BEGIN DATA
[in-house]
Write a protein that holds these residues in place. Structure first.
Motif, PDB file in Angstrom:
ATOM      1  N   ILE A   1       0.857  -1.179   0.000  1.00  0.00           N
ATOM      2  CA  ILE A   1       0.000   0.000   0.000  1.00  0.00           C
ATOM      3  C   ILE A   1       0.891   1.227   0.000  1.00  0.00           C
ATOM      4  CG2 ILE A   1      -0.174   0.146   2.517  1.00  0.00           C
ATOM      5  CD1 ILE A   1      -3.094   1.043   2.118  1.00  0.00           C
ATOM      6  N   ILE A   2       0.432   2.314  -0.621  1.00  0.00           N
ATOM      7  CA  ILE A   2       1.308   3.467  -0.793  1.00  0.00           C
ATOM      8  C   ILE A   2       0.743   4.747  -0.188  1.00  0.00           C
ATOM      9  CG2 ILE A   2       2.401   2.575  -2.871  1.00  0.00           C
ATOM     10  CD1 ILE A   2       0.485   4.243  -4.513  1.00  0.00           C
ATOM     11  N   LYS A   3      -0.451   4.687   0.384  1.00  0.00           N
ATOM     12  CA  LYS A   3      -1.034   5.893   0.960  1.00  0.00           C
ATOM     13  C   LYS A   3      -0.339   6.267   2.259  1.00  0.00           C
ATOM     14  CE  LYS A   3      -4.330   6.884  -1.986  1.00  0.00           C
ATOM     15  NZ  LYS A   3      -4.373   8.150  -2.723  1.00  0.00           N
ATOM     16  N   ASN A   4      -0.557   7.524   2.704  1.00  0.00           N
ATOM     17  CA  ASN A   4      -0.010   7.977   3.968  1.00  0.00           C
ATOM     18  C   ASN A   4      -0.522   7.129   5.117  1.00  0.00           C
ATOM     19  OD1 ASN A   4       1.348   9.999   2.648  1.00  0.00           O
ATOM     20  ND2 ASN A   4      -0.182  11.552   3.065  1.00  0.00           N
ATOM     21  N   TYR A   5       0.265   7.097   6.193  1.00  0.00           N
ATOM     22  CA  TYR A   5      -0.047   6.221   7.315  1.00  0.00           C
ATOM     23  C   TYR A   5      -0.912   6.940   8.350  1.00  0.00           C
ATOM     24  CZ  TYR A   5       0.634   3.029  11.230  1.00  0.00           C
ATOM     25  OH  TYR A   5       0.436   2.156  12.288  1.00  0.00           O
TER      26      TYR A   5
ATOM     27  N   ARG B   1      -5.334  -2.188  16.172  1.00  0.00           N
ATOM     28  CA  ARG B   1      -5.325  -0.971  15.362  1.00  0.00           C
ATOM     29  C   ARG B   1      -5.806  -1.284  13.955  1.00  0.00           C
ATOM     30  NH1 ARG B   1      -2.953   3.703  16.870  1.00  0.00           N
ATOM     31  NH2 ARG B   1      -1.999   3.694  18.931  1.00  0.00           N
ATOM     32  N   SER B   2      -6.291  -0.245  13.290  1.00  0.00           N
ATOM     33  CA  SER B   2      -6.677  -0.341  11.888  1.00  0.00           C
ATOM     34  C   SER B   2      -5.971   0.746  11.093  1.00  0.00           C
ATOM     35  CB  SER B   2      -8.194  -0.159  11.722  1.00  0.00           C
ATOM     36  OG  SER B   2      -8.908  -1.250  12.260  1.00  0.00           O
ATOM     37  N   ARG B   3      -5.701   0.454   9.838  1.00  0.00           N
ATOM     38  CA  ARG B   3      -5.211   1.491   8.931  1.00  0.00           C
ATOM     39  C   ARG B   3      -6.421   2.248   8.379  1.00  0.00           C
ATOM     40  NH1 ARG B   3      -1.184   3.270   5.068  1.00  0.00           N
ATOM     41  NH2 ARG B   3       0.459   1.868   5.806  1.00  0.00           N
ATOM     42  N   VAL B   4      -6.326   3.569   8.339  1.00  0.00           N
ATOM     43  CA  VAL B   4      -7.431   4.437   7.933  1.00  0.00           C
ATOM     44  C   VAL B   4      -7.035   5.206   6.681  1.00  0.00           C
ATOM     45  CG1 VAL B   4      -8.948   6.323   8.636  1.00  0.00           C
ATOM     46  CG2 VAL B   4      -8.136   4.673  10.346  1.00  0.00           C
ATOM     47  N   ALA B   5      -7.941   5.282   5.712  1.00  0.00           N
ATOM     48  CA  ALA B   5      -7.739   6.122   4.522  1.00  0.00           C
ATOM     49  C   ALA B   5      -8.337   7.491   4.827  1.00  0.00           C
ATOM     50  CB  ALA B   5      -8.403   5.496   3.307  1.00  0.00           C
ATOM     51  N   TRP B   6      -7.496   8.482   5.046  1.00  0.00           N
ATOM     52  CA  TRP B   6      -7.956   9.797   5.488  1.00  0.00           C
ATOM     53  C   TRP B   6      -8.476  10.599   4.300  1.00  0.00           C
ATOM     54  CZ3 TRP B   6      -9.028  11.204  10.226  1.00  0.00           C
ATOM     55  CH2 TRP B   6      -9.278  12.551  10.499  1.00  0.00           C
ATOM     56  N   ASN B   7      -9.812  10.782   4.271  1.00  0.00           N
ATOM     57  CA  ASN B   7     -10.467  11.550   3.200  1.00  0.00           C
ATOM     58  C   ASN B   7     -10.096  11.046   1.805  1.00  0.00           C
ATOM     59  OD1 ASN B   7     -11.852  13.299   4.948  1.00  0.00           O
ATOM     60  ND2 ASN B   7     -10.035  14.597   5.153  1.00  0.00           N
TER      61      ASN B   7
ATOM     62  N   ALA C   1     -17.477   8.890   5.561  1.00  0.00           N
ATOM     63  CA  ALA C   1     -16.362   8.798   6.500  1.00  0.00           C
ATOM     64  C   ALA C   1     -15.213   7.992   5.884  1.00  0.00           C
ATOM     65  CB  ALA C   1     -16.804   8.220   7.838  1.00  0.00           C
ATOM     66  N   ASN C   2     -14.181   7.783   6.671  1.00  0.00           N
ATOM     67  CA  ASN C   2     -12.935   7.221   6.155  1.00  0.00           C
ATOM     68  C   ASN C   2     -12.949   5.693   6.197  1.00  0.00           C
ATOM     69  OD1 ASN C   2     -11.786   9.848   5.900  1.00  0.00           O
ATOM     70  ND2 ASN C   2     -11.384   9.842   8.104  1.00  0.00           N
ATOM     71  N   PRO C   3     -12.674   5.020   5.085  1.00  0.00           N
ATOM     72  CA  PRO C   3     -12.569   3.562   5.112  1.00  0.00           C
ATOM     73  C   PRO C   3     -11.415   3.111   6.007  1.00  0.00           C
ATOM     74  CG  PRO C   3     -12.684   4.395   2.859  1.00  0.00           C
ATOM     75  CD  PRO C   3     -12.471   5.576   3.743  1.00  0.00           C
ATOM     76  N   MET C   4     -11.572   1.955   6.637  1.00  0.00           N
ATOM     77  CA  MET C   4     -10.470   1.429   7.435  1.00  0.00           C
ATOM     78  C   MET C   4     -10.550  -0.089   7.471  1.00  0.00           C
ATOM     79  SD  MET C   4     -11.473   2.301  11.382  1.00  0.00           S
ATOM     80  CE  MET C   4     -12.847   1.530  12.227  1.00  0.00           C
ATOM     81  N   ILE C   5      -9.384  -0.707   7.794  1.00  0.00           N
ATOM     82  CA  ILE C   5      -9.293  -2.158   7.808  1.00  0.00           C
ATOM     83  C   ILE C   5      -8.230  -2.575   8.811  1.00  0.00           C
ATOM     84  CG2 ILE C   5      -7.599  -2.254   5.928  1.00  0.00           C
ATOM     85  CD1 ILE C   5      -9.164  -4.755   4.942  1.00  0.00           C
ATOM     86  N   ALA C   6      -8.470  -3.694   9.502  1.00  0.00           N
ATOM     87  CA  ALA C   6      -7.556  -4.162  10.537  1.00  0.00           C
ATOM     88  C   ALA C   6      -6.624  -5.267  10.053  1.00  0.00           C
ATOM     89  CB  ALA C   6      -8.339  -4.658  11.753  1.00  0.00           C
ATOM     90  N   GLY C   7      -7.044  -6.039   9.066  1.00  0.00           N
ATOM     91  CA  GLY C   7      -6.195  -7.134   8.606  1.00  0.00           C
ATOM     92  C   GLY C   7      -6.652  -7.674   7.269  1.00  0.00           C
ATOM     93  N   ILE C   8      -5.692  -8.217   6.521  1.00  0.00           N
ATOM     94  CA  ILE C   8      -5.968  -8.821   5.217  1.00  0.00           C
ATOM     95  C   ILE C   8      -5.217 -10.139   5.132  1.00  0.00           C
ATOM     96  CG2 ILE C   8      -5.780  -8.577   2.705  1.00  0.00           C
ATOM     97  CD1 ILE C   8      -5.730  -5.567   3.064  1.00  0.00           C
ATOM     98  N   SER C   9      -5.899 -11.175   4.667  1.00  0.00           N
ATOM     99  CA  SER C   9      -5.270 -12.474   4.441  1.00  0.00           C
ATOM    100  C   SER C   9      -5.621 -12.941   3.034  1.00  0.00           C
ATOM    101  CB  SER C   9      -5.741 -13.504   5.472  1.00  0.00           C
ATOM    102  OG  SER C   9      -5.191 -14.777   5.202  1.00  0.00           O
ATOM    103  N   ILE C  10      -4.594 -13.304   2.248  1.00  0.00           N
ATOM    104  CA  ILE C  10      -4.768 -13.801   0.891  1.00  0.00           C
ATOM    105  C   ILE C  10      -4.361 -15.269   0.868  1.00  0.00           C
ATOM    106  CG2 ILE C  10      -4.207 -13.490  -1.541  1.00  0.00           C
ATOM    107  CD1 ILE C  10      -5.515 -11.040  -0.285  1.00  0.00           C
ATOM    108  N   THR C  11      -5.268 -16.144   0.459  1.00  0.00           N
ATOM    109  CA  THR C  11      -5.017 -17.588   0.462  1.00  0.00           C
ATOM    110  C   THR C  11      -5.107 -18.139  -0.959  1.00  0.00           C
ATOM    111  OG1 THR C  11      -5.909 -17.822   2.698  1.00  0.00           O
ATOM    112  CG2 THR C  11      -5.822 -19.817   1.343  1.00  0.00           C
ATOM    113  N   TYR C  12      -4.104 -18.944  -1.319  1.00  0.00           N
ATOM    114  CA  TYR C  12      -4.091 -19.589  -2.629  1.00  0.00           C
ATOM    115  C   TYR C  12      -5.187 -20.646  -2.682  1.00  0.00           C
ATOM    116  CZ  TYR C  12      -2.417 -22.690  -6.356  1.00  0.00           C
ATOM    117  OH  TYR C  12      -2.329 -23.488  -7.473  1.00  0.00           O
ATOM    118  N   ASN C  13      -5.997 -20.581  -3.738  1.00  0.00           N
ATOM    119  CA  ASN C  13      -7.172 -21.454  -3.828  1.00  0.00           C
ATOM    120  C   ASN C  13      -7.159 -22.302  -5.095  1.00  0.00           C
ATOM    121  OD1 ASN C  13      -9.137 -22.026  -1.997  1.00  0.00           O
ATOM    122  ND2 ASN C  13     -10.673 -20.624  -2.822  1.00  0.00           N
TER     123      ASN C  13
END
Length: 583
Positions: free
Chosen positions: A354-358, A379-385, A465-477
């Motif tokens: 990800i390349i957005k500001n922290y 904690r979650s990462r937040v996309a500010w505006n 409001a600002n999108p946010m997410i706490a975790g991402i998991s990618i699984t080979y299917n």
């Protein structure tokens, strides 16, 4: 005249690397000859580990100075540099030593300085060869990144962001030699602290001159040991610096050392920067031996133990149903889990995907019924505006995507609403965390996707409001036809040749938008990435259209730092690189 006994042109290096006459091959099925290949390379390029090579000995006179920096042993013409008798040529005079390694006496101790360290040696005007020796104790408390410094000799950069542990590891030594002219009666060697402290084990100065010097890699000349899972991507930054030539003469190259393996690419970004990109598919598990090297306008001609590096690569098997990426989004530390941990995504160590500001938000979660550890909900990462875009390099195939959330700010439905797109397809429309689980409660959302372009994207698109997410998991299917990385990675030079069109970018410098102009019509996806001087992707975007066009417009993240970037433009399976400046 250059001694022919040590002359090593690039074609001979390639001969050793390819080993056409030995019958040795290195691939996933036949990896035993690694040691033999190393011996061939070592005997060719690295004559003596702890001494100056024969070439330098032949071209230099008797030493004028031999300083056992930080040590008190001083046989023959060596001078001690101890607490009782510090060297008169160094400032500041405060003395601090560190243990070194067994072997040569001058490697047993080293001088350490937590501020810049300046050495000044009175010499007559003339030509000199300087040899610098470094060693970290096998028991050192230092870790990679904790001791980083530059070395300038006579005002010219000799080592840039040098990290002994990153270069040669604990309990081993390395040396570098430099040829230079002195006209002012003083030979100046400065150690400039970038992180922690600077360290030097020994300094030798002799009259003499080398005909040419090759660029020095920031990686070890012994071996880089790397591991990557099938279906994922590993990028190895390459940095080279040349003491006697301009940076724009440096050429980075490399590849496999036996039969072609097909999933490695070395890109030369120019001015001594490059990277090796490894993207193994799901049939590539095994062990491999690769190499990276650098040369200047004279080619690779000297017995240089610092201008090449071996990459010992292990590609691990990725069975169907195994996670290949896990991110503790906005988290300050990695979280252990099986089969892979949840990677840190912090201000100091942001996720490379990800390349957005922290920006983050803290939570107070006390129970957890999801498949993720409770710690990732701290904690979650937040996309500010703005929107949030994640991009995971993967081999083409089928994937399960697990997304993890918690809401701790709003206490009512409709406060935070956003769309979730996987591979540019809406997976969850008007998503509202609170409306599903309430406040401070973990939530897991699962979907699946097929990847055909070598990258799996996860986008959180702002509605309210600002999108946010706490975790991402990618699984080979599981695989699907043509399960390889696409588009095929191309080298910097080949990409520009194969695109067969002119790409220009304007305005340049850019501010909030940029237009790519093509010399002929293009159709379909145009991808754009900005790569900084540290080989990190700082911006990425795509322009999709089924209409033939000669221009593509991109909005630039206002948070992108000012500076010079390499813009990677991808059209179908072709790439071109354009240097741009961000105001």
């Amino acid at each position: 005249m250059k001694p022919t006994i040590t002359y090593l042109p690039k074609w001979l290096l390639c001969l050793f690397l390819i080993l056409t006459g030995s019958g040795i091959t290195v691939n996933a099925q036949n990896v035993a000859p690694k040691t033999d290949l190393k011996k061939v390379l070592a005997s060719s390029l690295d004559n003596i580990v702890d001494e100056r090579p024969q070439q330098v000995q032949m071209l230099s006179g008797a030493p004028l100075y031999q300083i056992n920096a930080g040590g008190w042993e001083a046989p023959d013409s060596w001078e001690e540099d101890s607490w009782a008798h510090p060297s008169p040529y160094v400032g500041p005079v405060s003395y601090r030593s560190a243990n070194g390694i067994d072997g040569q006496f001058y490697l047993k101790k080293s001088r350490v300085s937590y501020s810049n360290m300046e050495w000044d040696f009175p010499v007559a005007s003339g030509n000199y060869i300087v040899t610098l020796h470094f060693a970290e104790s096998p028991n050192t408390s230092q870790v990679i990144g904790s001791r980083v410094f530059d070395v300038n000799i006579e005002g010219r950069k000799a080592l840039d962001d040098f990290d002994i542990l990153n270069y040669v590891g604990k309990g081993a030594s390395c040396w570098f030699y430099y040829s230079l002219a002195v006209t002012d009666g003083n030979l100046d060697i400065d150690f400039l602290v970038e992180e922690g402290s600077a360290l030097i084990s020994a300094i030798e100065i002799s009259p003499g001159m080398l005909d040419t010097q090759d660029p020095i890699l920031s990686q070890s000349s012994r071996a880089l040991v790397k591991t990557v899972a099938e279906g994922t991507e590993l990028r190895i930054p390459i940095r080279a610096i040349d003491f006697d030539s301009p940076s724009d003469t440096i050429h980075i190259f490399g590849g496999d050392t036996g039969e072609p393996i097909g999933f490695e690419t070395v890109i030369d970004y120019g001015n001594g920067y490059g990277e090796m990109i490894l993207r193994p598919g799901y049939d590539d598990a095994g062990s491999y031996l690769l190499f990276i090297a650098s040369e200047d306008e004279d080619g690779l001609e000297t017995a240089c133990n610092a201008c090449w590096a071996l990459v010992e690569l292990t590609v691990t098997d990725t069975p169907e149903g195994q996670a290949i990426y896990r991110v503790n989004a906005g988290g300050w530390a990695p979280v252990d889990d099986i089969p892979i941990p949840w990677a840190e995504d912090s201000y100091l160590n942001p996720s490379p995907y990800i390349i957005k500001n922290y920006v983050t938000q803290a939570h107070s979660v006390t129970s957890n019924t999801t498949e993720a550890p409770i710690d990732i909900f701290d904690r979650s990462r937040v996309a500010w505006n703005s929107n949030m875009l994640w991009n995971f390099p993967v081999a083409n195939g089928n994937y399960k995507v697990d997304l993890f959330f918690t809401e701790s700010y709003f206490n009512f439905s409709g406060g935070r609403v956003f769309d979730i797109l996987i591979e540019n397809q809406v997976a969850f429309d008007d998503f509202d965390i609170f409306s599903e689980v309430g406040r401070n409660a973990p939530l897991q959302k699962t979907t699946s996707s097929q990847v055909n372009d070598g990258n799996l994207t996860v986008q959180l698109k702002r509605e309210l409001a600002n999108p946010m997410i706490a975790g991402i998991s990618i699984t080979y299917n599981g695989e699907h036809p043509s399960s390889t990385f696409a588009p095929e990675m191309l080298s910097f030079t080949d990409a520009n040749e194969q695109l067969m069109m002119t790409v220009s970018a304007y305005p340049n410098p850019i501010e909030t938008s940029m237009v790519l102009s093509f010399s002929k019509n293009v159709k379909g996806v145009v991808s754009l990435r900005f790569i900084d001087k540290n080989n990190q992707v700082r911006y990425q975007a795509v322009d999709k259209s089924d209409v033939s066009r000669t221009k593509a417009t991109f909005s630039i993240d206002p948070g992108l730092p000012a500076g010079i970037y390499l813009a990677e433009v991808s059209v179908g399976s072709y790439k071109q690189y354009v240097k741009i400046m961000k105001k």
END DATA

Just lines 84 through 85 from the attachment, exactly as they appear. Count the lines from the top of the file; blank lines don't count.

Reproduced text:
ATOM     81  N   ILE C   5      -9.384  -0.707   7.794  1.00  0.00           N
ATOM     82  CA  ILE C   5      -9.293  -2.158   7.808  1.00  0.00           C